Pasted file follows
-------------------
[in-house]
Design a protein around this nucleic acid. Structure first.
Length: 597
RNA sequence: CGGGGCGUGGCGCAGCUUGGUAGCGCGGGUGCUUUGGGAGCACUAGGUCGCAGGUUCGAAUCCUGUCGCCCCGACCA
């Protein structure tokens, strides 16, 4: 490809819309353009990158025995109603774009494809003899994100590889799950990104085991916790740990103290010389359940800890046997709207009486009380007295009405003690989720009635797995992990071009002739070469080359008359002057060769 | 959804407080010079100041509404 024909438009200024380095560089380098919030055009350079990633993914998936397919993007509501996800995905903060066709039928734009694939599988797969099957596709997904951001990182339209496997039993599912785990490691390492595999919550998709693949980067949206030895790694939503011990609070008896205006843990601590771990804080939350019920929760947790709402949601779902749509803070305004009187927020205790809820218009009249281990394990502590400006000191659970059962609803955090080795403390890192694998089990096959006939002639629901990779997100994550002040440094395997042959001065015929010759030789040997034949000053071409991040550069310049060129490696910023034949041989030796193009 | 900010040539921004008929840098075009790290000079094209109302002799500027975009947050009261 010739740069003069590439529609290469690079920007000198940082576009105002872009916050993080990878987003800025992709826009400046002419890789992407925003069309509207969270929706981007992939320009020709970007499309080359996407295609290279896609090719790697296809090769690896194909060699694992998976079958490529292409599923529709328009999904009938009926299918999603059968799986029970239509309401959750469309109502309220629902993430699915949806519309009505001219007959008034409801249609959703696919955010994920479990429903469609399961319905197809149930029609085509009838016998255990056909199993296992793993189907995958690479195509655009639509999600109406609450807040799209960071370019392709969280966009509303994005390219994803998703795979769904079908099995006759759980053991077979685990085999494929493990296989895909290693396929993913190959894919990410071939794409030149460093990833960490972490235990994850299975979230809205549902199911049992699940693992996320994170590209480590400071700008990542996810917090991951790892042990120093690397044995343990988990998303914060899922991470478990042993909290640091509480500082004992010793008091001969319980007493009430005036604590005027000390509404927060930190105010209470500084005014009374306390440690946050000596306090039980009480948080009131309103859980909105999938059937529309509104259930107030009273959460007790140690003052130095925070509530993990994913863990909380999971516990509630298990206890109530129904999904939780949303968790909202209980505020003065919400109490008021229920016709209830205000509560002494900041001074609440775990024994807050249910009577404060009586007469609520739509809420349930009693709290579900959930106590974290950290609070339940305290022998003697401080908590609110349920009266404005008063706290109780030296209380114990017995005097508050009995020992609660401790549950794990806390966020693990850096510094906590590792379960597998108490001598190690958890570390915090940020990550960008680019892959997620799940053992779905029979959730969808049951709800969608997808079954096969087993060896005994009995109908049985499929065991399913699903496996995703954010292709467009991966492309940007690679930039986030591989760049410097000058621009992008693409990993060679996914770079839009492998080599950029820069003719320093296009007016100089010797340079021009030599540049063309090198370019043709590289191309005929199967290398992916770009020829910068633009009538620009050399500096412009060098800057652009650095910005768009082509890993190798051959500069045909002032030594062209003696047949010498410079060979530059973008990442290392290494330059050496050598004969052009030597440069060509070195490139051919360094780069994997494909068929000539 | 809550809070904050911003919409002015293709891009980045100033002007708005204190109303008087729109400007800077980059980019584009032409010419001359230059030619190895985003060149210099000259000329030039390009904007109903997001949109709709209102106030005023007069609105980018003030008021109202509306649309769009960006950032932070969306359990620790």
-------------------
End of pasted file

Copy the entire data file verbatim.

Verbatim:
[in-house]
Design a protein around this nucleic acid. Structure first.
Length: 597
RNA sequence: CGGGGCGUGGCGCAGCUUGGUAGCGCGGGUGCUUUGGGAGCACUAGGUCGCAGGUUCGAAUCCUGUCGCCCCGACCA
């Protein structure tokens, strides 16, 4: 490809819309353009990158025995109603774009494809003899994100590889799950990104085991916790740990103290010389359940800890046997709207009486009380007295009405003690989720009635797995992990071009002739070469080359008359002057060769 | 959804407080010079100041509404 024909438009200024380095560089380098919030055009350079990633993914998936397919993007509501996800995905903060066709039928734009694939599988797969099957596709997904951001990182339209496997039993599912785990490691390492595999919550998709693949980067949206030895790694939503011990609070008896205006843990601590771990804080939350019920929760947790709402949601779902749509803070305004009187927020205790809820218009009249281990394990502590400006000191659970059962609803955090080795403390890192694998089990096959006939002639629901990779997100994550002040440094395997042959001065015929010759030789040997034949000053071409991040550069310049060129490696910023034949041989030796193009 | 900010040539921004008929840098075009790290000079094209109302002799500027975009947050009261 010739740069003069590439529609290469690079920007000198940082576009105002872009916050993080990878987003800025992709826009400046002419890789992407925003069309509207969270929706981007992939320009020709970007499309080359996407295609290279896609090719790697296809090769690896194909060699694992998976079958490529292409599923529709328009999904009938009926299918999603059968799986029970239509309401959750469309109502309220629902993430699915949806519309009505001219007959008034409801249609959703696919955010994920479990429903469609399961319905197809149930029609085509009838016998255990056909199993296992793993189907995958690479195509655009639509999600109406609450807040799209960071370019392709969280966009509303994005390219994803998703795979769904079908099995006759759980053991077979685990085999494929493990296989895909290693396929993913190959894919990410071939794409030149460093990833960490972490235990994850299975979230809205549902199911049992699940693992996320994170590209480590400071700008990542996810917090991951790892042990120093690397044995343990988990998303914060899922991470478990042993909290640091509480500082004992010793008091001969319980007493009430005036604590005027000390509404927060930190105010209470500084005014009374306390440690946050000596306090039980009480948080009131309103859980909105999938059937529309509104259930107030009273959460007790140690003052130095925070509530993990994913863990909380999971516990509630298990206890109530129904999904939780949303968790909202209980505020003065919400109490008021229920016709209830205000509560002494900041001074609440775990024994807050249910009577404060009586007469609520739509809420349930009693709290579900959930106590974290950290609070339940305290022998003697401080908590609110349920009266404005008063706290109780030296209380114990017995005097508050009995020992609660401790549950794990806390966020693990850096510094906590590792379960597998108490001598190690958890570390915090940020990550960008680019892959997620799940053992779905029979959730969808049951709800969608997808079954096969087993060896005994009995109908049985499929065991399913699903496996995703954010292709467009991966492309940007690679930039986030591989760049410097000058621009992008693409990993060679996914770079839009492998080599950029820069003719320093296009007016100089010797340079021009030599540049063309090198370019043709590289191309005929199967290398992916770009020829910068633009009538620009050399500096412009060098800057652009650095910005768009082509890993190798051959500069045909002032030594062209003696047949010498410079060979530059973008990442290392290494330059050496050598004969052009030597440069060509070195490139051919360094780069994997494909068929000539 | 809550809070904050911003919409002015293709891009980045100033002007708005204190109303008087729109400007800077980059980019584009032409010419001359230059030619190895985003060149210099000259000329030039390009904007109903997001949109709709209102106030005023007069609105980018003030008021109202509306649309769009960006950032932070969306359990620790």